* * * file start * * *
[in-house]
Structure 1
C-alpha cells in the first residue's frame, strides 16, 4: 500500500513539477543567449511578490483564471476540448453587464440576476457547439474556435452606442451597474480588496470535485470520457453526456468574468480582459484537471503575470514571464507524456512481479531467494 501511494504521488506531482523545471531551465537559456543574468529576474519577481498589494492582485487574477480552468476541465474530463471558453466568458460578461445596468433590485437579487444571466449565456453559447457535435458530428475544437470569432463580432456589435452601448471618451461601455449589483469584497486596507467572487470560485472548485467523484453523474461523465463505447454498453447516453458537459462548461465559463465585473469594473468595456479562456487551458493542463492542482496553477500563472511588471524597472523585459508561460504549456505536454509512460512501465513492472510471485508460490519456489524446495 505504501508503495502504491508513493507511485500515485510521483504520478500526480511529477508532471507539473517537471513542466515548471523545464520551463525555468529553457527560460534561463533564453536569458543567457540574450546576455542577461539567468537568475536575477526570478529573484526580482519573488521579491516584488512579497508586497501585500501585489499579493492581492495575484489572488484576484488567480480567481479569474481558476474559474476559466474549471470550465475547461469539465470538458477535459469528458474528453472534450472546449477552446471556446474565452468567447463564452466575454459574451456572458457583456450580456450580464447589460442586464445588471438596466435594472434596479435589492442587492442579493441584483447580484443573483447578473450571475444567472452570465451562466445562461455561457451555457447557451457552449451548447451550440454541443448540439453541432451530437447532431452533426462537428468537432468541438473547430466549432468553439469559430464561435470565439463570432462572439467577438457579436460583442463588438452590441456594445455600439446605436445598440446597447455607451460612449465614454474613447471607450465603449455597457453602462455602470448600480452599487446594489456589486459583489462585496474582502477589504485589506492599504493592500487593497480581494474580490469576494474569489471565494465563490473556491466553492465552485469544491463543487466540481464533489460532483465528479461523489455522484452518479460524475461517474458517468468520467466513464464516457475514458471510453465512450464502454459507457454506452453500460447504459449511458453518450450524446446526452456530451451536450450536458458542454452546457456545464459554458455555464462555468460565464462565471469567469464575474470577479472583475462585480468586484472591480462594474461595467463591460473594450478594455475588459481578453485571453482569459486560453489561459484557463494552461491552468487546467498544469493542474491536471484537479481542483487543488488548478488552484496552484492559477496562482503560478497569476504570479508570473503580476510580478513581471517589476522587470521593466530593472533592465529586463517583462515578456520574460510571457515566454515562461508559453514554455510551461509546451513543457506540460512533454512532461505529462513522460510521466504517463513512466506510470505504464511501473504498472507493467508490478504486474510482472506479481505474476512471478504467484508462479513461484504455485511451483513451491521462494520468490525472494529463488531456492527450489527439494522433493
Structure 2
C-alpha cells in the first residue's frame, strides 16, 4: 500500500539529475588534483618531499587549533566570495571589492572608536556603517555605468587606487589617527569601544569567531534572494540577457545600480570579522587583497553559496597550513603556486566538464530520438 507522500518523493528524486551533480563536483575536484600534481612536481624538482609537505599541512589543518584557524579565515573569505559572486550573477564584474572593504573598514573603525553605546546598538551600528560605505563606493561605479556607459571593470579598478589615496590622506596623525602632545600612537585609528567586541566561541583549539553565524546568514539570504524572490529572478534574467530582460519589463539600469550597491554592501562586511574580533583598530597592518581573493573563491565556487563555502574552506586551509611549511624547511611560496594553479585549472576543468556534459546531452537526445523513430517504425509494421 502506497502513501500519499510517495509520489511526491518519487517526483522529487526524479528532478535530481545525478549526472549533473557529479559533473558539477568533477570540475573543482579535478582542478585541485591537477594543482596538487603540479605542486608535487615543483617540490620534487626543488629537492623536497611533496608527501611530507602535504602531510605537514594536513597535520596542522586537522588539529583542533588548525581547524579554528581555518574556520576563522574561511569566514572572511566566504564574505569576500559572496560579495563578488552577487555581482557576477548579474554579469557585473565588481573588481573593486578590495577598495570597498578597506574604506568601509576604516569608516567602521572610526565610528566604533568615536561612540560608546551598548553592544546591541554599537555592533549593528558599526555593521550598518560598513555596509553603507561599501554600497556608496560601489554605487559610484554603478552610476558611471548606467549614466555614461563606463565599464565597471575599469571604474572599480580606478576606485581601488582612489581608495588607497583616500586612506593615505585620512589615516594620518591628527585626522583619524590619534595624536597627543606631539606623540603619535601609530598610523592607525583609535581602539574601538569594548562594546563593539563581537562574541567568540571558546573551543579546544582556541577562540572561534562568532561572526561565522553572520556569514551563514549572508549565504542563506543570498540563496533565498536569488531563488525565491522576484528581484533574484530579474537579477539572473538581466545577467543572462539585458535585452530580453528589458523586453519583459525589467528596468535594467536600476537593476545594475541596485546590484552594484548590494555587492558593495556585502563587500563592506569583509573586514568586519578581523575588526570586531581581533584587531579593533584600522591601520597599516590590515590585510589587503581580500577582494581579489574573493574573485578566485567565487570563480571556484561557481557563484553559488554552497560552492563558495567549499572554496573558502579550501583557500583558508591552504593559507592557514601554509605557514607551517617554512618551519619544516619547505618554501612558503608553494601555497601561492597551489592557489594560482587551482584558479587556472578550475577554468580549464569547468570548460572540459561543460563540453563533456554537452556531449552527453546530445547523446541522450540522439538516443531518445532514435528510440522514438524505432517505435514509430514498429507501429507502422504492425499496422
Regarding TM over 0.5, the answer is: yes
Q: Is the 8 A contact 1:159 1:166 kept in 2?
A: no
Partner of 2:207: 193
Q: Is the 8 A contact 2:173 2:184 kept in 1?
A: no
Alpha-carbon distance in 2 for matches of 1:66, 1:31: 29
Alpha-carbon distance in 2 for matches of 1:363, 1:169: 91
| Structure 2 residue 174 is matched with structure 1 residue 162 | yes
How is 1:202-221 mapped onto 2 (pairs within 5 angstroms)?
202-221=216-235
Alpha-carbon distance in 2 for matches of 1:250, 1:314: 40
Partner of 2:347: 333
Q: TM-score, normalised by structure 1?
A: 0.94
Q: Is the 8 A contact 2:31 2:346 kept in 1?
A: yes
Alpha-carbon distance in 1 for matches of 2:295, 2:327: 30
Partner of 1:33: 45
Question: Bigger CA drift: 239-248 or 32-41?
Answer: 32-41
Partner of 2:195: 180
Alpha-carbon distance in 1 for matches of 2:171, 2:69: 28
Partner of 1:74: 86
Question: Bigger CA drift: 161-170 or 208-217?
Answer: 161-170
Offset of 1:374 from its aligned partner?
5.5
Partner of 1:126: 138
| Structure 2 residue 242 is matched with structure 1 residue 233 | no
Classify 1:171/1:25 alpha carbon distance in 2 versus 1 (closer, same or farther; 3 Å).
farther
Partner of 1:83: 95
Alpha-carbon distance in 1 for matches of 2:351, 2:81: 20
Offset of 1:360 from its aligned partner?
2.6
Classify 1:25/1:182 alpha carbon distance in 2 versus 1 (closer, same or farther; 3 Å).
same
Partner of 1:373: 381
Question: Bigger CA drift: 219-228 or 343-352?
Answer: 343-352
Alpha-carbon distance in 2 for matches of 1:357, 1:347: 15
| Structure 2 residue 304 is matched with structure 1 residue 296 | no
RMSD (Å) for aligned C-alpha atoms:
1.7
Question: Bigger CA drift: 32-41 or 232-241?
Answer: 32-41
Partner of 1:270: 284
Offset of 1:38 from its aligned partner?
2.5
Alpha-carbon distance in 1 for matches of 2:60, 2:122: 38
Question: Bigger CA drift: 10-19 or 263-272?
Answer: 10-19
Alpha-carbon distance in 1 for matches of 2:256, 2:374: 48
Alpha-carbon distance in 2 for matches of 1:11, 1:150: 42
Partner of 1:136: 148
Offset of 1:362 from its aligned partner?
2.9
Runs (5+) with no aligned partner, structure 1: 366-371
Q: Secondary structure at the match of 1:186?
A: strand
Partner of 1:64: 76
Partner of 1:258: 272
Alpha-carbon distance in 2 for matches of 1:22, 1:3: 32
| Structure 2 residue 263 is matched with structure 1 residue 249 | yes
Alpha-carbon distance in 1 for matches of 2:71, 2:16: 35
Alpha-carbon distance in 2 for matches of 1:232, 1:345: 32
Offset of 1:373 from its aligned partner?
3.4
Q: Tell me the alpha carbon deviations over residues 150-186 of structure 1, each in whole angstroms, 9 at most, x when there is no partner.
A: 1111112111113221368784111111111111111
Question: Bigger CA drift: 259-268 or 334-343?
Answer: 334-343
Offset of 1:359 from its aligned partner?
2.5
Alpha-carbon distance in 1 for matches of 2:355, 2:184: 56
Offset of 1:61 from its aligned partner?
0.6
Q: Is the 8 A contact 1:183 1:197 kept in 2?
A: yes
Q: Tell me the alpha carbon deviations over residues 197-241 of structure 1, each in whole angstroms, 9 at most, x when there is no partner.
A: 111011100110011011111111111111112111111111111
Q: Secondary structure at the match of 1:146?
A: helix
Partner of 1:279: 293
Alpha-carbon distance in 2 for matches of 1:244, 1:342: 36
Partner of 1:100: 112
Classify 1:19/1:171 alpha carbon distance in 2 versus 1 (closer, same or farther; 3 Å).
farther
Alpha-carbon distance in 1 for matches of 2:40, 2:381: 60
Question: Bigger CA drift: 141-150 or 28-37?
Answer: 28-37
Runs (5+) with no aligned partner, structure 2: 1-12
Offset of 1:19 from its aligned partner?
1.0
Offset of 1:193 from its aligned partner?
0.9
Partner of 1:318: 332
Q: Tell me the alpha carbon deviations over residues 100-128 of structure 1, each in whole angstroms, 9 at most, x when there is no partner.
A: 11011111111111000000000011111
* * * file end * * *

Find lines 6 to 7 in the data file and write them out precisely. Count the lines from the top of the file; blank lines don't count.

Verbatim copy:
Regarding TM over 0.5, the answer is: yes
Q: Is the 8 A contact 1:159 1:166 kept in 2?